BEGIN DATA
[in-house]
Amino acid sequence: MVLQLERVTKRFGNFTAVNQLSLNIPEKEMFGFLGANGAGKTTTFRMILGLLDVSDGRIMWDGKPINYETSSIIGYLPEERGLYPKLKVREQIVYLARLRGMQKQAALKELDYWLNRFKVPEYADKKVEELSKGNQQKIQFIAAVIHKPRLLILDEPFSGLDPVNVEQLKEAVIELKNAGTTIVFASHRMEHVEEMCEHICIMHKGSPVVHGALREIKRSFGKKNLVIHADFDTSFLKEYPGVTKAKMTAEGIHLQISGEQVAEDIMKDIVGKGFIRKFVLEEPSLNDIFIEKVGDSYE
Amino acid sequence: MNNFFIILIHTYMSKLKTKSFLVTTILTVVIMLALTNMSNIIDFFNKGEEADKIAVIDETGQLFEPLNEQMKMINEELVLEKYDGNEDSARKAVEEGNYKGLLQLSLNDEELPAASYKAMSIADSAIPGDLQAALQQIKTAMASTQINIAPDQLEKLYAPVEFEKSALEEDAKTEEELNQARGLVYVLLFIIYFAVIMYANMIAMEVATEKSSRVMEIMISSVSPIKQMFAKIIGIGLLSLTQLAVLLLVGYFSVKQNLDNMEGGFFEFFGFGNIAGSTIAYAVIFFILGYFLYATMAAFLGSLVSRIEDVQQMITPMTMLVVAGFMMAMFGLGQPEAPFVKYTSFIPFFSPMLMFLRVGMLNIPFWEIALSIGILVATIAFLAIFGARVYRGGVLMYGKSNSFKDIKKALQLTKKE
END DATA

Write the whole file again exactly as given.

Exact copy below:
[in-house]
Amino acid sequence: MVLQLERVTKRFGNFTAVNQLSLNIPEKEMFGFLGANGAGKTTTFRMILGLLDVSDGRIMWDGKPINYETSSIIGYLPEERGLYPKLKVREQIVYLARLRGMQKQAALKELDYWLNRFKVPEYADKKVEELSKGNQQKIQFIAAVIHKPRLLILDEPFSGLDPVNVEQLKEAVIELKNAGTTIVFASHRMEHVEEMCEHICIMHKGSPVVHGALREIKRSFGKKNLVIHADFDTSFLKEYPGVTKAKMTAEGIHLQISGEQVAEDIMKDIVGKGFIRKFVLEEPSLNDIFIEKVGDSYE
Amino acid sequence: MNNFFIILIHTYMSKLKTKSFLVTTILTVVIMLALTNMSNIIDFFNKGEEADKIAVIDETGQLFEPLNEQMKMINEELVLEKYDGNEDSARKAVEEGNYKGLLQLSLNDEELPAASYKAMSIADSAIPGDLQAALQQIKTAMASTQINIAPDQLEKLYAPVEFEKSALEEDAKTEEELNQARGLVYVLLFIIYFAVIMYANMIAMEVATEKSSRVMEIMISSVSPIKQMFAKIIGIGLLSLTQLAVLLLVGYFSVKQNLDNMEGGFFEFFGFGNIAGSTIAYAVIFFILGYFLYATMAAFLGSLVSRIEDVQQMITPMTMLVVAGFMMAMFGLGQPEAPFVKYTSFIPFFSPMLMFLRVGMLNIPFWEIALSIGILVATIAFLAIFGARVYRGGVLMYGKSNSFKDIKKALQLTKKE